Boreray, the Island and the Sheep
The Island of Boreray is four miles to the north east of other islands of St. Kilda. It has been known as “The Fortress”. It is accompanied by sea stacks the two largest of which are Stac an Armin and Stac Lee. These Stacs and also the great cliffs of Boreray are home to thousands of nesting Gannets, Fulmars and Puffins.
Boreray can be accessed from only a few places and only when seas are passive. With no anchorage a small boat can only get alongside the island when seas are their calmest and then visitors have to jump to the rocks or swim to them. Even then there is a very difficult climb up the rocks to the higher levels where there is some vegetation.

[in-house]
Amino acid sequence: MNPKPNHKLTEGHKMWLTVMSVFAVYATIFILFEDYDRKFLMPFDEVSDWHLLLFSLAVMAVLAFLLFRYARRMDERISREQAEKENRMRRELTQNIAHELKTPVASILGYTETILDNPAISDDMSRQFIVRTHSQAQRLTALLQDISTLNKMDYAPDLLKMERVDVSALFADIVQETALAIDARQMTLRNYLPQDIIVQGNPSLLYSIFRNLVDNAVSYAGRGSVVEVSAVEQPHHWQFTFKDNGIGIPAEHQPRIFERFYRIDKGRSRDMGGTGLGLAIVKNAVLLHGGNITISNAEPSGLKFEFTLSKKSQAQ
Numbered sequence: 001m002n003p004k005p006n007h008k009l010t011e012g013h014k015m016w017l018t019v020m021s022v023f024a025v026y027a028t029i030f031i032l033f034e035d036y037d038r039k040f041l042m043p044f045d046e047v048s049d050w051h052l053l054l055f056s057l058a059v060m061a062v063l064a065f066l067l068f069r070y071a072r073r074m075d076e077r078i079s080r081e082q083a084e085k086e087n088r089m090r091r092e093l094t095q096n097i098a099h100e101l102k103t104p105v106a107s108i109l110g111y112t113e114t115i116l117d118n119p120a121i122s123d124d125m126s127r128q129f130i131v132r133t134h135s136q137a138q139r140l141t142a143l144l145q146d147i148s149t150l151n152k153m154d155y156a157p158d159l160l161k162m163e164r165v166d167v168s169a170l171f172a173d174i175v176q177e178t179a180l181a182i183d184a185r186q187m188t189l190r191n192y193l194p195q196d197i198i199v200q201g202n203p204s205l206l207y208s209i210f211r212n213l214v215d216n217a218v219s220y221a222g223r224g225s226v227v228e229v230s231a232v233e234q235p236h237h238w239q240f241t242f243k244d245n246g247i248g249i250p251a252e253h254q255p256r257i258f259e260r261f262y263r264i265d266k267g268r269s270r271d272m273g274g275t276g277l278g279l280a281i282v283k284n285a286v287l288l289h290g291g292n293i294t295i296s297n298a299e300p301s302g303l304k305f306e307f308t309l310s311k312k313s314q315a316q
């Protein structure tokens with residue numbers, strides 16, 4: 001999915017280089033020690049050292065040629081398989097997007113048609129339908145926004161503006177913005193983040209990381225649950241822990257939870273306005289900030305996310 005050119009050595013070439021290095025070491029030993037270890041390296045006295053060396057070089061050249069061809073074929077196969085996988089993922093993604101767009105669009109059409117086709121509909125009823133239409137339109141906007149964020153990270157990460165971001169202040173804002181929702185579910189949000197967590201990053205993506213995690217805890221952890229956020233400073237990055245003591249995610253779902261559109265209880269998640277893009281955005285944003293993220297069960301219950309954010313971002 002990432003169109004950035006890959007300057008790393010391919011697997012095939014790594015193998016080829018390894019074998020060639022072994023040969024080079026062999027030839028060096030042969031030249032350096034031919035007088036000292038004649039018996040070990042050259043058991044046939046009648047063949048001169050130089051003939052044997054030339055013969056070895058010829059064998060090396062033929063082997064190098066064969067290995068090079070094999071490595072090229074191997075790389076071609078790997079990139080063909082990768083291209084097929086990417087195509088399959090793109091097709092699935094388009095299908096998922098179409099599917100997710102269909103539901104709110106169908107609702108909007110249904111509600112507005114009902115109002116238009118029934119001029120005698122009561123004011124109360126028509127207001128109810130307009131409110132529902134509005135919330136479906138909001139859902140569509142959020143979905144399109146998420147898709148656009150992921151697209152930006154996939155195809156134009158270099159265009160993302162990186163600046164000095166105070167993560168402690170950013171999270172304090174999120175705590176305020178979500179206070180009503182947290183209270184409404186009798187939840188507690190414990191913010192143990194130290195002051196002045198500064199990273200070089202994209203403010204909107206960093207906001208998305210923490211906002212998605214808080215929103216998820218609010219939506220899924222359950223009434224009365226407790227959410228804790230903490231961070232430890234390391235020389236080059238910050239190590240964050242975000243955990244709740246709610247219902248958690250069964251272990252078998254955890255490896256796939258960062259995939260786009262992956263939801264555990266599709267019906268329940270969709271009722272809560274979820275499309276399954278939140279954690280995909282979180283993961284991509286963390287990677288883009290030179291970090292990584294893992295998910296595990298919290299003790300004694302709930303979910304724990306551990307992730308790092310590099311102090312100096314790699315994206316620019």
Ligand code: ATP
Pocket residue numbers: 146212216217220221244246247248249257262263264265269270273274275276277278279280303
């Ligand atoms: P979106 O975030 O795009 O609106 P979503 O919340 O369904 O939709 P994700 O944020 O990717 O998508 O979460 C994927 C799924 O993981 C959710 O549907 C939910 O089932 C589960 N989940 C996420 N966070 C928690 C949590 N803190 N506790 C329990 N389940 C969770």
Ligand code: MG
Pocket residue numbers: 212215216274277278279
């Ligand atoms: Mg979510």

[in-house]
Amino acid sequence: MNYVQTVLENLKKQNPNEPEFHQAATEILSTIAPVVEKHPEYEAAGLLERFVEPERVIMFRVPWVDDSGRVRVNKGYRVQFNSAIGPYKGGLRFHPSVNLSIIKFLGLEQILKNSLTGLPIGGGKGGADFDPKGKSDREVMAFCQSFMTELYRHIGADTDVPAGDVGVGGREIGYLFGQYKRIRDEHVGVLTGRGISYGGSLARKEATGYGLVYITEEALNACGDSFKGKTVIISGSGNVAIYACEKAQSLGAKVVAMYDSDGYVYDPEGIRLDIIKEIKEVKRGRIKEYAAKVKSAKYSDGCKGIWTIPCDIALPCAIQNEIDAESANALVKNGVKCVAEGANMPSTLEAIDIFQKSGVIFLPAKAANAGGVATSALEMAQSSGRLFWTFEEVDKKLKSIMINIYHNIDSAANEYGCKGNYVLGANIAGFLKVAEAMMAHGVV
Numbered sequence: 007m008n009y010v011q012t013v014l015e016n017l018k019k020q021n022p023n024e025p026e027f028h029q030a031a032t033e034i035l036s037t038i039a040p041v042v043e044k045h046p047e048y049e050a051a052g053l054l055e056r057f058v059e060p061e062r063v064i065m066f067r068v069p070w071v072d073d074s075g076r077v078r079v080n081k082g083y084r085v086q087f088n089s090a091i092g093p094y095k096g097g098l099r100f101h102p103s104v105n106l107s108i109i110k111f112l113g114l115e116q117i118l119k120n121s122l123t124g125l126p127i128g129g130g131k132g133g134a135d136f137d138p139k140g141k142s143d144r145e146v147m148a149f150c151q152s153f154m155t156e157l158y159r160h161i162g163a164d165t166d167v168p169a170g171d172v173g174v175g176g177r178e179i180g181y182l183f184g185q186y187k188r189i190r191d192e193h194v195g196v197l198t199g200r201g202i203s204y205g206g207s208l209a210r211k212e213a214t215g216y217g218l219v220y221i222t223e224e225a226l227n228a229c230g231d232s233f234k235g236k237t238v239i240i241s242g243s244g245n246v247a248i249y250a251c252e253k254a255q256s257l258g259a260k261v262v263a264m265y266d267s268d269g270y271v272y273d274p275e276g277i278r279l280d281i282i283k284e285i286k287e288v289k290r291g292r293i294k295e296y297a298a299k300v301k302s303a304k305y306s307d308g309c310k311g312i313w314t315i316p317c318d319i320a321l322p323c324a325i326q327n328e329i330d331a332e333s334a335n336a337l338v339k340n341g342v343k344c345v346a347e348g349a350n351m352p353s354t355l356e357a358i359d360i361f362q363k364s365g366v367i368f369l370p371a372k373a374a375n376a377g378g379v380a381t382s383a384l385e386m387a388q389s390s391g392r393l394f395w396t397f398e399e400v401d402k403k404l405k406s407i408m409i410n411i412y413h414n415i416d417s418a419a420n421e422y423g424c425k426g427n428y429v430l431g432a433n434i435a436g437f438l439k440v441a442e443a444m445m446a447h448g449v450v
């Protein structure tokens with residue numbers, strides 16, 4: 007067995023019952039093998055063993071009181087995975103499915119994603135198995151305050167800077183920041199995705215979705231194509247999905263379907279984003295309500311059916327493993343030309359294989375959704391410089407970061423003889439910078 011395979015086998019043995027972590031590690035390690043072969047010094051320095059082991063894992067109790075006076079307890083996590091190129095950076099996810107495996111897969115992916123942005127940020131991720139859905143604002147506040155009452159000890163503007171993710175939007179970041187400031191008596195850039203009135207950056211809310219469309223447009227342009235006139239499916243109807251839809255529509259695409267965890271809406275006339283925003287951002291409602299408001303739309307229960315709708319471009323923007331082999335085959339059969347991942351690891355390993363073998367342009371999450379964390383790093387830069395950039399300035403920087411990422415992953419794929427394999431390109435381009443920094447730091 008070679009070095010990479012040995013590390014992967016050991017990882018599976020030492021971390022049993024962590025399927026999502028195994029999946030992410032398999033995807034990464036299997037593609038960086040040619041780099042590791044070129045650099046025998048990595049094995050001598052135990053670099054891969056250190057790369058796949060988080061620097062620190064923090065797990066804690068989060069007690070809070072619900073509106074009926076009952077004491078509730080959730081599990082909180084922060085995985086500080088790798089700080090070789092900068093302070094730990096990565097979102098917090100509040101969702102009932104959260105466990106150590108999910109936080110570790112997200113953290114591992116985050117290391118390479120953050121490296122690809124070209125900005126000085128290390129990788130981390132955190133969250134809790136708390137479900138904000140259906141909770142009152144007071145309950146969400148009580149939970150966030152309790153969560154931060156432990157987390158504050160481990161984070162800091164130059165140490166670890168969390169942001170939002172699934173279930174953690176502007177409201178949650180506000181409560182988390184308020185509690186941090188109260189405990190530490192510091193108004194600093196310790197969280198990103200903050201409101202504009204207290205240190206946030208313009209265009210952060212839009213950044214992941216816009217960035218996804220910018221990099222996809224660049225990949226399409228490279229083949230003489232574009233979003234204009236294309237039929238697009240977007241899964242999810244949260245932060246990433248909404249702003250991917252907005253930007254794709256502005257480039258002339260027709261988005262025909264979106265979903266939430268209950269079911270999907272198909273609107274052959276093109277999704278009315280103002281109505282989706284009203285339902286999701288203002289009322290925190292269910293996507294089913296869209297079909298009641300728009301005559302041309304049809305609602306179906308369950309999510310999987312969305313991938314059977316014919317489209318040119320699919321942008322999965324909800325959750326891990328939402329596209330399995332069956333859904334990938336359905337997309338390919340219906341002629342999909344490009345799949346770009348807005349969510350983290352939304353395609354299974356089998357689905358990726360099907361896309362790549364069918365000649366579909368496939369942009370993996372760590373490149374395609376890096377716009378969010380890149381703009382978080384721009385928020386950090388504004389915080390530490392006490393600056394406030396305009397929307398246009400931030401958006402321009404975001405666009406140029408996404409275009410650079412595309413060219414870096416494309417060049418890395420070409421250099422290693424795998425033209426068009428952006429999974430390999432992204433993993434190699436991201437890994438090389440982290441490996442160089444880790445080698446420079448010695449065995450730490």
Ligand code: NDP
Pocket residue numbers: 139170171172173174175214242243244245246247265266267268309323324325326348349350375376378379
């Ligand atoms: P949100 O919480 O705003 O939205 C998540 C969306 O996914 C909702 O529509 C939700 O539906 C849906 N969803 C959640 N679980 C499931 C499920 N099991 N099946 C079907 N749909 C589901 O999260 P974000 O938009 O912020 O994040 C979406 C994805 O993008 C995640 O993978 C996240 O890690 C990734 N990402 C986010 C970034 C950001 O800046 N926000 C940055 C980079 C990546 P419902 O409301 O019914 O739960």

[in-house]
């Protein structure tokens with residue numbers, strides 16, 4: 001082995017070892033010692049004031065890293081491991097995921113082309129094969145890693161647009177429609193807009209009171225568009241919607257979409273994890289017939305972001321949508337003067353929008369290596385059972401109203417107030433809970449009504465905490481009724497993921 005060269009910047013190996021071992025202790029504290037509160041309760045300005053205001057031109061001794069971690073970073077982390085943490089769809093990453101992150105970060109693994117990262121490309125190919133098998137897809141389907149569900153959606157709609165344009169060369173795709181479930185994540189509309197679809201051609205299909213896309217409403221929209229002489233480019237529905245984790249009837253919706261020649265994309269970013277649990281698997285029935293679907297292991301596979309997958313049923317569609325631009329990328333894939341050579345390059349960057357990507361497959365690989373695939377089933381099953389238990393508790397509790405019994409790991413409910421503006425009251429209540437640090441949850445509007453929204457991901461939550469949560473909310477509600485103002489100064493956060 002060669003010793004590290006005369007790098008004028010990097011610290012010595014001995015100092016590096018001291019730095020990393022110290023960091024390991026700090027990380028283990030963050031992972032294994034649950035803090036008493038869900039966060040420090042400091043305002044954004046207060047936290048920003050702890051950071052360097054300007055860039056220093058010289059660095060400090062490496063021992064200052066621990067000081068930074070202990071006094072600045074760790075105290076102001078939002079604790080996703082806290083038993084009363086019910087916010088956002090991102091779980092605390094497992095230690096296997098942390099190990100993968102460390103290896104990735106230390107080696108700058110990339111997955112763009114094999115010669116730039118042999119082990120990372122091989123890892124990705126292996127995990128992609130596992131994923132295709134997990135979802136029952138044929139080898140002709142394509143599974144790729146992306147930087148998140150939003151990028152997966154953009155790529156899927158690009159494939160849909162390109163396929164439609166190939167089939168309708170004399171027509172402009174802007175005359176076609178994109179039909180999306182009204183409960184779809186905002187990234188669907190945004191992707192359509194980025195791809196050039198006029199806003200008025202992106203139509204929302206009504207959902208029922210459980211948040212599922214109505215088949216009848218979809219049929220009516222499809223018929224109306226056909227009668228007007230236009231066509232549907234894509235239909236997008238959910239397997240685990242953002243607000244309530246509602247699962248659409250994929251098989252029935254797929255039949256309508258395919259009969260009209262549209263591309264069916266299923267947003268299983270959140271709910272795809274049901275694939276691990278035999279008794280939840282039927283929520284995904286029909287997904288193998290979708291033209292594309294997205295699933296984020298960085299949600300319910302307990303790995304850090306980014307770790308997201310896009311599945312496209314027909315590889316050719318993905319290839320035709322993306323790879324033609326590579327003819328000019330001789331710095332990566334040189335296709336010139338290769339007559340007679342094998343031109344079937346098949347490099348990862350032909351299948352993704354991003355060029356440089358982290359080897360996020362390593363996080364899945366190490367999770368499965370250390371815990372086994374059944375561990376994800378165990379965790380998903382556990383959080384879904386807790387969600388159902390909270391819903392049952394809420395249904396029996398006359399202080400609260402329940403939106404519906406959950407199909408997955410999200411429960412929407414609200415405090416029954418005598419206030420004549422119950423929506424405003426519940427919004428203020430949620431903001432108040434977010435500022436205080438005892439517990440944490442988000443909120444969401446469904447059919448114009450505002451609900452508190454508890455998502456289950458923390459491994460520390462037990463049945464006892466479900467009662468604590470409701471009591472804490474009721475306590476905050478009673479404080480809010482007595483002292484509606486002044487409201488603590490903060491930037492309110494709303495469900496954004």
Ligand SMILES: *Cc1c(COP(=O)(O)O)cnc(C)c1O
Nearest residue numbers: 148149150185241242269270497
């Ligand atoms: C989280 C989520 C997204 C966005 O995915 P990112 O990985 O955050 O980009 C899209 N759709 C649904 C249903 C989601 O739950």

The St. Kildans kept a reserve flock of their domestic sheep on Boreray. These were originally a breed of Scottish Tan-Face a small, short tailed sheep. In the mid eighteen hundreds the breed was “improved” with the introduction of Hebridean Blackface rams. The pure Scottish Tan-Face is now extinct.
The St. Kildans would visit Boreray to take wool from these sheep as well as a few animals to replenish their flock back on Hirta. Those taken off the island were thrown into the sea and picked up by the waiting boat.
When St. Kilda was evacuated in 1930 this reserve flock was left behind, probably because it was not possible to get the sheep off the island. They have lived there ever since as a feral flock which has not been managed in any way.
Boreray sheep grazing on Boreray Island photo courtesy of Murdo Macdonald